Buffkin testified that he placed candidates for Glacier in the areas of sales representatives and sales engineers and to his knowledge did not place any other types of individuals in the IT industry. Buffkin indicated that Glacier had other independent contractors like him that did work in other parts of the country. He stated that he did not have any contact with any of Glacier's clients or their representatives and that Glacier did not provide him with a client list or any contact information for the clients. Buffkin testified: “my role with Glacier Group was simply [to] provide them candidates. I have no knowledge of, no communication with any companies, was not allowed to have communication with any companies so my simple role was to find candidates with the specific skill set and get them over to Eric [Hilleboe] and his partner.” Id. at 42. He stated that there was not any sort of formal training and that he never visited the Glacier office. Buffkin testified that “Glacier Group would have a skills set that they were looking for with respect to the companies” and that “[t]he only information would be you would share a job description with me. A comp range of what the job might pay but that is it. And I would find a person with that specific skill set related job description and get them over to the Glacier Group.” Id. at 43. When asked, “[d]uring the period of August 12 of 08 through June 2nd of 2011 how many deals ․ prospects did you bring to the Glacier Group that actually closed,” Buffkin stated “[i]t wasn't really a whole lot but I guess fifteen.” Id. at 43–44.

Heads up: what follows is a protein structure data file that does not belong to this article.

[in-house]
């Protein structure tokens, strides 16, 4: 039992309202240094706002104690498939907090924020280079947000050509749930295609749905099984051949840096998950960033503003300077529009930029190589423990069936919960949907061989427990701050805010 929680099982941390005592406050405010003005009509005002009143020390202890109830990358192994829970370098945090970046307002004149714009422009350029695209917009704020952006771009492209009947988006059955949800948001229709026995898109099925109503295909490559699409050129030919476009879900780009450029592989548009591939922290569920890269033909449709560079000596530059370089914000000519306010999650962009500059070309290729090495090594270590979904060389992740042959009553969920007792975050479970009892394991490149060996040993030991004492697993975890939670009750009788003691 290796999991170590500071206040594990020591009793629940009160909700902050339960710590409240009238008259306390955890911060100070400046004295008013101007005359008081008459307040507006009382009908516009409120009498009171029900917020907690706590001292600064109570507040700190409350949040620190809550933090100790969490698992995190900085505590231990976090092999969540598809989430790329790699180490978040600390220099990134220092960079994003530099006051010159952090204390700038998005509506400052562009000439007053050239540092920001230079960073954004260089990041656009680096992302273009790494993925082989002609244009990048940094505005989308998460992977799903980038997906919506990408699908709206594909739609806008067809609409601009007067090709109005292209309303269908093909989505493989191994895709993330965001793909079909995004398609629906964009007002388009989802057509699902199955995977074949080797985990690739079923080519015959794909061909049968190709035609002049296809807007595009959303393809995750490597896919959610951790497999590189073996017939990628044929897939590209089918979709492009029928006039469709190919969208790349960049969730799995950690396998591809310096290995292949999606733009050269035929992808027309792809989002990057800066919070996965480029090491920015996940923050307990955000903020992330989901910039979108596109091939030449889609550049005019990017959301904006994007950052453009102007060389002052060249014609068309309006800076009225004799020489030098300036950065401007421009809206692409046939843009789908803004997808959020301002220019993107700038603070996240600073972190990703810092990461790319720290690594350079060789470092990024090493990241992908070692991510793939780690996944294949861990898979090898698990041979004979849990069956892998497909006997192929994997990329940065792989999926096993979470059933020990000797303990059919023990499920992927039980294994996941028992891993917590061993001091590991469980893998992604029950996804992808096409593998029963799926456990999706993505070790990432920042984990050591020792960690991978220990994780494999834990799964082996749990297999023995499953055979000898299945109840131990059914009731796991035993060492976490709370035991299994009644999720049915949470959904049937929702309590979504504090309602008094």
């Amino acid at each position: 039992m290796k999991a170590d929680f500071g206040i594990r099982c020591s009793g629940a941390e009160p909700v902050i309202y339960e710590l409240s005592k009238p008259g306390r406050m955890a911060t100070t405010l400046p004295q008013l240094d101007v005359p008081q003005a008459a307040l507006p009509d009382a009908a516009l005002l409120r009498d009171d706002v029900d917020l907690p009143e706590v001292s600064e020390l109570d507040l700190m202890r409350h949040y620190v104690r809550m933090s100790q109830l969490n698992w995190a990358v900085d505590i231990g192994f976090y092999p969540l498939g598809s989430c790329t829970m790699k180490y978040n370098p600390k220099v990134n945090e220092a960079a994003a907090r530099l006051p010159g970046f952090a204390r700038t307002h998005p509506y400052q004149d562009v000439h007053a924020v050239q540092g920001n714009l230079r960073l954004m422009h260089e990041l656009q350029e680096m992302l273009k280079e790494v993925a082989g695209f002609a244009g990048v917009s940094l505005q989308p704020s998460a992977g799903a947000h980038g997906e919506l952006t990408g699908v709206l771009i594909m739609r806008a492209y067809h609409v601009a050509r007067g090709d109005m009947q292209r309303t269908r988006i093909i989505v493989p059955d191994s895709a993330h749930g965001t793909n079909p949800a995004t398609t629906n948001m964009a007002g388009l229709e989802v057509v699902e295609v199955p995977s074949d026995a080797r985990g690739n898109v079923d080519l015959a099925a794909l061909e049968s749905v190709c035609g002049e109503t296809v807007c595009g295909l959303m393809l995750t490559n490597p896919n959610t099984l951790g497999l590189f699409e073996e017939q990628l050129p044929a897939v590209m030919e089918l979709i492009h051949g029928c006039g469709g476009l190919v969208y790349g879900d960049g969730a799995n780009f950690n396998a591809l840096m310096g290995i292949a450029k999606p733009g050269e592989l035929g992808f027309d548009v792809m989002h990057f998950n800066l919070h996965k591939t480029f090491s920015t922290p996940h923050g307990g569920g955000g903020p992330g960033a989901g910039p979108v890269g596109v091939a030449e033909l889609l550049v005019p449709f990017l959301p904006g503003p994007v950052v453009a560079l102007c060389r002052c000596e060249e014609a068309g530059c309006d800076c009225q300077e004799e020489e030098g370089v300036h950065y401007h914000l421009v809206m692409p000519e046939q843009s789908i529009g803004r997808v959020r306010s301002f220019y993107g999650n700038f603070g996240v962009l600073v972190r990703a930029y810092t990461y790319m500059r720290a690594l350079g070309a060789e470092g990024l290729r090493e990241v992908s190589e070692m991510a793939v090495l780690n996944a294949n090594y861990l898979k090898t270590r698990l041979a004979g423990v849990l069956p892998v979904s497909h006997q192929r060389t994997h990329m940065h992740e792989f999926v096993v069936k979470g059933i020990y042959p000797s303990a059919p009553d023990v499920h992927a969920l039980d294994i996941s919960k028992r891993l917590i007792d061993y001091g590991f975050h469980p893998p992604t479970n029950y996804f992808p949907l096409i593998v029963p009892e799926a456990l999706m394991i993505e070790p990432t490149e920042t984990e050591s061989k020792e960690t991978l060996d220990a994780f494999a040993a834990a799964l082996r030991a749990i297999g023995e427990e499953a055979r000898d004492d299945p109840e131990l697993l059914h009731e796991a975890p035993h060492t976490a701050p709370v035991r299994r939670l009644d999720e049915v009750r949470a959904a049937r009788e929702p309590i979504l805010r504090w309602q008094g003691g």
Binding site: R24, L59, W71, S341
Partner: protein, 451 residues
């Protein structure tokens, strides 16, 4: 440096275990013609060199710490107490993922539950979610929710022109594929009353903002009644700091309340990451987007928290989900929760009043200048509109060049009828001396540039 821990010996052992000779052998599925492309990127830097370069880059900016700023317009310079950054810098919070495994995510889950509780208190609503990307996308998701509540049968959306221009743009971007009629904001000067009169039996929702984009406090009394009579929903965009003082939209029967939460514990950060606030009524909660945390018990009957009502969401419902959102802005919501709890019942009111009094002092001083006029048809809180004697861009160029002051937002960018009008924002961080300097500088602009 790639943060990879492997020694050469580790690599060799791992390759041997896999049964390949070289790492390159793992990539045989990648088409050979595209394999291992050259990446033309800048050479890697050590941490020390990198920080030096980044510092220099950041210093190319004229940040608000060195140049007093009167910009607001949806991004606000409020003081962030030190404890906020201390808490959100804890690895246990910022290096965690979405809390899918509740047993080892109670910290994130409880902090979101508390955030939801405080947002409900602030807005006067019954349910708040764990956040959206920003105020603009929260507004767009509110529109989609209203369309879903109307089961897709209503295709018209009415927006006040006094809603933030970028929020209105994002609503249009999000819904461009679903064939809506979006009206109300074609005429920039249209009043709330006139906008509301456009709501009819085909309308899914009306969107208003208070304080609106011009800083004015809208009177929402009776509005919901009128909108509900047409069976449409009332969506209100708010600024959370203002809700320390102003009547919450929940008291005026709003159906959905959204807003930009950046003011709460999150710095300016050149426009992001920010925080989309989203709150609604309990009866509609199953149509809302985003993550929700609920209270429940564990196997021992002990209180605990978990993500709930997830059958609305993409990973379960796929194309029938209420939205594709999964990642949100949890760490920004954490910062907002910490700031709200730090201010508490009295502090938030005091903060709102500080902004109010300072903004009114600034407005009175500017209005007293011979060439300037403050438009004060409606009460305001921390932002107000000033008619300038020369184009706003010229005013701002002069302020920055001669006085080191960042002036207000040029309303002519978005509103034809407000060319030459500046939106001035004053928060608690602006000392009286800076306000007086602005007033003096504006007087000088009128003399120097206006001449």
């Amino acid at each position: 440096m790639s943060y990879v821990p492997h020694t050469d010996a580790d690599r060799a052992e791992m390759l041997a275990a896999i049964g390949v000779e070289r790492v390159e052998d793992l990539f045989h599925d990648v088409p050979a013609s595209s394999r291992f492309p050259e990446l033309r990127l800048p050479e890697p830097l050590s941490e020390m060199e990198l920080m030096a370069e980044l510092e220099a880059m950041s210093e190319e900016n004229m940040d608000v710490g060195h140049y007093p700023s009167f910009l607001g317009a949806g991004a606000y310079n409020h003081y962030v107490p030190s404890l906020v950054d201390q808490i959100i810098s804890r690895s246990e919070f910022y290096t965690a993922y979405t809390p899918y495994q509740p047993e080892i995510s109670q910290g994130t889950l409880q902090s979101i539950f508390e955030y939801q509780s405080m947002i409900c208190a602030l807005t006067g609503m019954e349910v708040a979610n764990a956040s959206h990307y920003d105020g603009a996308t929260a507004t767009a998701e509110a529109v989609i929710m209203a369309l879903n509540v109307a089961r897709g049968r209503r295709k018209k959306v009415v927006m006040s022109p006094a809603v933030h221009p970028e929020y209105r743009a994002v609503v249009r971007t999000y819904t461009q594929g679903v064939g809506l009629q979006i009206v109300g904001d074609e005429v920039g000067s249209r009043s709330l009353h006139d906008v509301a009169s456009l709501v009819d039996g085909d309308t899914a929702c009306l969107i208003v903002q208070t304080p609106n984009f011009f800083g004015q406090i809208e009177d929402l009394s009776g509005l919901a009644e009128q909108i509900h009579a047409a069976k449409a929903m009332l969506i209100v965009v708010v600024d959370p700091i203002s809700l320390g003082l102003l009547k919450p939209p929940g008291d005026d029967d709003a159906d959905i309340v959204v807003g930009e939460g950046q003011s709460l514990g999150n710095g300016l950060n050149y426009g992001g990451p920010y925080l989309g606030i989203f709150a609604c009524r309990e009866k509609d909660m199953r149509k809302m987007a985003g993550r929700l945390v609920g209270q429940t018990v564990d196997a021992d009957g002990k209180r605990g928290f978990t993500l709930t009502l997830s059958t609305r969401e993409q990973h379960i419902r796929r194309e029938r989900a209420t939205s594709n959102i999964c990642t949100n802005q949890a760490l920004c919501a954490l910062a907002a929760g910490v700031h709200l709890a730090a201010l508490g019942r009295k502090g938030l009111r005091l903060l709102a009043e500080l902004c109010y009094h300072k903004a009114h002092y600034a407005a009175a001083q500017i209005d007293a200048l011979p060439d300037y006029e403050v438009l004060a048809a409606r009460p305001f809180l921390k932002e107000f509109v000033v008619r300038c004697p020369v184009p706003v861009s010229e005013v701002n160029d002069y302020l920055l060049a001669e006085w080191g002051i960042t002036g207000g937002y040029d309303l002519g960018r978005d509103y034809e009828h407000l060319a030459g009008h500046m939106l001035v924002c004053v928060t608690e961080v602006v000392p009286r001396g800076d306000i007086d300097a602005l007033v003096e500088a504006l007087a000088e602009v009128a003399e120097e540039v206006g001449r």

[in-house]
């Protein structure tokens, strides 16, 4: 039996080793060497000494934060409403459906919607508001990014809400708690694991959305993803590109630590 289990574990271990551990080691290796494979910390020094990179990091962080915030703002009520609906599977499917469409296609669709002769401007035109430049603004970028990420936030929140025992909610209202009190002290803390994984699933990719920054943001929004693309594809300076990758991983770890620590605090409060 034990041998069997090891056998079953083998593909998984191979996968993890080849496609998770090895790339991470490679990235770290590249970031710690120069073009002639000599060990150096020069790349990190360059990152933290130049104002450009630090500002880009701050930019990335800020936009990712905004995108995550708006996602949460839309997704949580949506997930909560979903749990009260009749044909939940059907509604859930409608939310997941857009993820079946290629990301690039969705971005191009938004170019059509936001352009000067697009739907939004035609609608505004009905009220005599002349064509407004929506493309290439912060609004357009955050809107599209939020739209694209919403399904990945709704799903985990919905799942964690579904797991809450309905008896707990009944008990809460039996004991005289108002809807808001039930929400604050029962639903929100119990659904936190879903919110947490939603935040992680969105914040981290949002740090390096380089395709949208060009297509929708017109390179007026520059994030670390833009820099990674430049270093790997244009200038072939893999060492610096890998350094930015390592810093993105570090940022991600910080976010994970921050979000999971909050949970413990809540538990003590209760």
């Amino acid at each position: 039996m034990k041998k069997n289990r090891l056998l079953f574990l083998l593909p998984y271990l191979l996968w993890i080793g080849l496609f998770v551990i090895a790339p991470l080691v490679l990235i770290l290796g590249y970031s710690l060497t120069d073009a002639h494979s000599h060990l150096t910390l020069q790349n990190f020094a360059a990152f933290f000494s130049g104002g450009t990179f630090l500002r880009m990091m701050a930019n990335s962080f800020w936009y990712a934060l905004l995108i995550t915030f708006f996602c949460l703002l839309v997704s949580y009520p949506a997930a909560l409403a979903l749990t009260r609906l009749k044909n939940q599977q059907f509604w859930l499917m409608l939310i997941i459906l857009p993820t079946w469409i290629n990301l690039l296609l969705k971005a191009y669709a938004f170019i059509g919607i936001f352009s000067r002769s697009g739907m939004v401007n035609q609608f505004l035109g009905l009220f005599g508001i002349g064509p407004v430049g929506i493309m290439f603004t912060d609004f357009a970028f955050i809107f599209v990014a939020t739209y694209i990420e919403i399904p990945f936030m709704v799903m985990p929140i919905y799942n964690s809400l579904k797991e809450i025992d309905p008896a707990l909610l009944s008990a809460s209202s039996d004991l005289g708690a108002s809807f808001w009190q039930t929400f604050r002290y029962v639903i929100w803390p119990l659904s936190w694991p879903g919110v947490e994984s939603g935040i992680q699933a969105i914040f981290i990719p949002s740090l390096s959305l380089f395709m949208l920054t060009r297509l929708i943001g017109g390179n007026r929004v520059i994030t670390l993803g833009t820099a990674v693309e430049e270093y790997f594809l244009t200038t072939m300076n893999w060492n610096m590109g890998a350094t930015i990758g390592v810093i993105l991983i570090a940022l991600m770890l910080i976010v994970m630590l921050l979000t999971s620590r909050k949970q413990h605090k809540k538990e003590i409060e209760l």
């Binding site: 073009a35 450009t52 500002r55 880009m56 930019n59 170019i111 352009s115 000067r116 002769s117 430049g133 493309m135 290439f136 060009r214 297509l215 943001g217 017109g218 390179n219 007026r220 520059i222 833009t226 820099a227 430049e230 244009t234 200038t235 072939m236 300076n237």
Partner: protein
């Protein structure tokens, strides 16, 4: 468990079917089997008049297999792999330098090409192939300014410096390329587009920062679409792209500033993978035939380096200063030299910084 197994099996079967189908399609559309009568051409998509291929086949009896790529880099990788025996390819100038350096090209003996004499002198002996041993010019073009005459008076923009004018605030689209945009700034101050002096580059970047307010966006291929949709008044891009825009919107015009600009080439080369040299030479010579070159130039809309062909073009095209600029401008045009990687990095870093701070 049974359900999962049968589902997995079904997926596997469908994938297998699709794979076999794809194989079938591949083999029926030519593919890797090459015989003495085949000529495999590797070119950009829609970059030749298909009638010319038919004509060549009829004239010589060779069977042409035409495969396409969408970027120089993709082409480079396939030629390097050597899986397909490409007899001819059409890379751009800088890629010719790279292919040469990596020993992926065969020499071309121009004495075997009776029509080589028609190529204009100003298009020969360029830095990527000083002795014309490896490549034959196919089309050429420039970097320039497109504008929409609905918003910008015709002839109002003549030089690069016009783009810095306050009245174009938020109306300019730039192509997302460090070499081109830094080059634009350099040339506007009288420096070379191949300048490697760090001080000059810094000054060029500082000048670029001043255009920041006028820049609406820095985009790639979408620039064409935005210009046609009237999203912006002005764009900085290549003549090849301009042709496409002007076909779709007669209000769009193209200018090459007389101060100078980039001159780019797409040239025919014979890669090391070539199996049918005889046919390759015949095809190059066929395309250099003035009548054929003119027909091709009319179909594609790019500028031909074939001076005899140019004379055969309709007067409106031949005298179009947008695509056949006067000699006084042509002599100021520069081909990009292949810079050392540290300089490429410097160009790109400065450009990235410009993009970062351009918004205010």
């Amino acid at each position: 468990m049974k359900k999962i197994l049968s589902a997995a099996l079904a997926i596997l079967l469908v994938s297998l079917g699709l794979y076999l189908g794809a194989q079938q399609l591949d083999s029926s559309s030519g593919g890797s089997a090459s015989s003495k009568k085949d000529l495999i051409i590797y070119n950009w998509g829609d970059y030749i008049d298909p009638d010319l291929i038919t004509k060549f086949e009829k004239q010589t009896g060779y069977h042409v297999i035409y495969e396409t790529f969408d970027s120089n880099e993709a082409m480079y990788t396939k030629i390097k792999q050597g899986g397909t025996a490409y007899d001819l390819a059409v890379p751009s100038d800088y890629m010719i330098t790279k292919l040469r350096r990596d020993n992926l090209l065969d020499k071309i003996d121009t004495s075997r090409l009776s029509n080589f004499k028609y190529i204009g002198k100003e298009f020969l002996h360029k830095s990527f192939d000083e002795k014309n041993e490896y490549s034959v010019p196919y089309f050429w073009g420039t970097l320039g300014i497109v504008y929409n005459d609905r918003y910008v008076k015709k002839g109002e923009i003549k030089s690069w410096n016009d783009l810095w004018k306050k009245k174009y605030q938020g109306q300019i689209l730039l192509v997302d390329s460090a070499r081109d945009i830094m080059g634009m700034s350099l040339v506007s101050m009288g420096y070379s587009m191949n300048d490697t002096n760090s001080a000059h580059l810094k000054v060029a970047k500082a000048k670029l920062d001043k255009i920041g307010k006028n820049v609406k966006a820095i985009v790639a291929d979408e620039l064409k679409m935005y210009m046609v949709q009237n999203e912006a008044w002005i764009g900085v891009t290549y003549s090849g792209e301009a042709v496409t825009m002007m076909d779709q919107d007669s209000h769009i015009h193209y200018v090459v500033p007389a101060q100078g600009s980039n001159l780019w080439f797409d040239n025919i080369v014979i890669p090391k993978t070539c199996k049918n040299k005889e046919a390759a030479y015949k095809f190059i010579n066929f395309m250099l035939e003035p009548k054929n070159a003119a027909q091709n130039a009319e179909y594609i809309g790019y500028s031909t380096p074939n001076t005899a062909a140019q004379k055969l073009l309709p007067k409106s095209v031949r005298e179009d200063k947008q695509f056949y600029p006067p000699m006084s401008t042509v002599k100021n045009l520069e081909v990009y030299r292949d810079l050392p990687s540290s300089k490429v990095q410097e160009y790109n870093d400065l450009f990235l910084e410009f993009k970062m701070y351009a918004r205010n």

When asked if he recalled any of the clients that he may have been aware of during his time at Glacier, Buffkin replied “[y]eah when he would provide me with a job description and a role and then he would mention the company so yeah I knew the companies or at least a general idea of the companies that he was recruiting for.” Id. at 44. Buffkin further testified that he never made any contact with any of Glacier's customers at any time after the Agreement was terminated. When asked if he had “done some executive placement” since his dismissal in June 2011, Buffkin responded affirmatively, and when asked “about how many deals [had he] done,” Buffkin stated “[n]ineteen or so.” Id. at 45. Buffkin indicated that to his knowledge not one of the placements was with a client of Glacier. He stated that he never discussed any confidential information of Glacier with anyone, that there were “no trade secrets or proprietary information exchanged with my relationship with Glacier Group,” and that “[i]t was a recruiting form and we didn't have any customer list, client list, there was no information that was ever exchanged that I would consider to be proprietary.” Id. at 46. Buffkin stated he was asking the court to find the non-compete clause of the Agreement to be unenforceable as overly broad because it did not have any parameters of industry whatsoever, and it sought to prohibit him from doing any executive recruiting in any industry. He further indicated that the highest number of deals he may have done with Glacier was fifteen and potentially in fifteen different states but that was unlikely as he may have done multiple deals in the same state. When asked, of the prospects or candidates he communicated with while working for Glacier, how many he had contact with after June 2011, Buffkin responded: “No idea. I couldn't put a number on those people. I have done everything in my capacity to not contact anybody that I ever had any contact with while at Glacier Group.” Id. at 49. He indicated that a majority of the nineteen transactions he did since he left Glacier dealt with IT or data storage. When asked, “[a]s you sit here today are you recruiting in the IT industry,” Buffkin responded affirmatively, and he indicated that he also recruited in the “data storage virtualization and data center and hosting industry.” Id. at 51. When asked about the companies he was recruiting for, Buffkin named four companies, and when asked if any of those companies were competitors of Glacier, Buffkin stated “they are not.” Id. at 52. When asked “[a]ny of the prospects that you contacted to fill positions of Glacier Group did that have anything to do with any of that information that Eric or anybody at Glacier Group provided you,” Buffkin answered “No,” and when asked whether any prospects he had contacted since his termination by Glacier had anything to do with any information provided by Glacier, Buffkin answered “No.” Id. at 52. When asked “[s]o the[y] are just individuals that are out there in the tech sector in in the business sector,” Buffkin responded affirmatively. Id.